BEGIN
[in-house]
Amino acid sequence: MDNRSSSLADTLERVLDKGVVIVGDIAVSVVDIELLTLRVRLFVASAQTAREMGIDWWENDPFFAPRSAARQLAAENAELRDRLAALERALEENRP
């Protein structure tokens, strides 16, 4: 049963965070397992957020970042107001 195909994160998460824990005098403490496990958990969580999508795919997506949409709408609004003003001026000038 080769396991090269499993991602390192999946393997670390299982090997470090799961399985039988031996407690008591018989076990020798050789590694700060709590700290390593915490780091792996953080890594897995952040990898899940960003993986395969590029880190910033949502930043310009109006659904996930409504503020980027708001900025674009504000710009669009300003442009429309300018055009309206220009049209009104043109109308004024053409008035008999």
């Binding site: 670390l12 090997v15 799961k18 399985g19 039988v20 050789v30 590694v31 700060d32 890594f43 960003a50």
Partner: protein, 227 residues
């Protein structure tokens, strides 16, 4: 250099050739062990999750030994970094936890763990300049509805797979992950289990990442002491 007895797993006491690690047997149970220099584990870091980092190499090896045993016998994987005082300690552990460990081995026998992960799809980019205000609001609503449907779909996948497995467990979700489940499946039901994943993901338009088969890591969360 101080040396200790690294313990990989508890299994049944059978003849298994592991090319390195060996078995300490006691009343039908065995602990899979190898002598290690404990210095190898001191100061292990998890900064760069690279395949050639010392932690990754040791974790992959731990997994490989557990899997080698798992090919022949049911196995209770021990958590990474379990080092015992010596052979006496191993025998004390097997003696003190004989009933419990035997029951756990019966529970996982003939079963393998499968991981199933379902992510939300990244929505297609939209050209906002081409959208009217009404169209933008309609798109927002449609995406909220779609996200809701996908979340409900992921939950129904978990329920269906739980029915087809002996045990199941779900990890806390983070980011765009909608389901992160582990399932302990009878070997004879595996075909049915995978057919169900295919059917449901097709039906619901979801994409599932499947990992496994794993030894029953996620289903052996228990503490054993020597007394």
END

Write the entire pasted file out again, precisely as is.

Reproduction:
[in-house]
Amino acid sequence: MDNRSSSLADTLERVLDKGVVIVGDIAVSVVDIELLTLRVRLFVASAQTAREMGIDWWENDPFFAPRSAARQLAAENAELRDRLAALERALEENRP
């Protein structure tokens, strides 16, 4: 049963965070397992957020970042107001 195909994160998460824990005098403490496990958990969580999508795919997506949409709408609004003003001026000038 080769396991090269499993991602390192999946393997670390299982090997470090799961399985039988031996407690008591018989076990020798050789590694700060709590700290390593915490780091792996953080890594897995952040990898899940960003993986395969590029880190910033949502930043310009109006659904996930409504503020980027708001900025674009504000710009669009300003442009429309300018055009309206220009049209009104043109109308004024053409008035008999």
């Binding site: 670390l12 090997v15 799961k18 399985g19 039988v20 050789v30 590694v31 700060d32 890594f43 960003a50």
Partner: protein, 227 residues
């Protein structure tokens, strides 16, 4: 250099050739062990999750030994970094936890763990300049509805797979992950289990990442002491 007895797993006491690690047997149970220099584990870091980092190499090896045993016998994987005082300690552990460990081995026998992960799809980019205000609001609503449907779909996948497995467990979700489940499946039901994943993901338009088969890591969360 101080040396200790690294313990990989508890299994049944059978003849298994592991090319390195060996078995300490006691009343039908065995602990899979190898002598290690404990210095190898001191100061292990998890900064760069690279395949050639010392932690990754040791974790992959731990997994490989557990899997080698798992090919022949049911196995209770021990958590990474379990080092015992010596052979006496191993025998004390097997003696003190004989009933419990035997029951756990019966529970996982003939079963393998499968991981199933379902992510939300990244929505297609939209050209906002081409959208009217009404169209933008309609798109927002449609995406909220779609996200809701996908979340409900992921939950129904978990329920269906739980029915087809002996045990199941779900990890806390983070980011765009909608389901992160582990399932302990009878070997004879595996075909049915995978057919169900295919059917449901097709039906619901979801994409599932499947990992496994794993030894029953996620289903052996228990503490054993020597007394």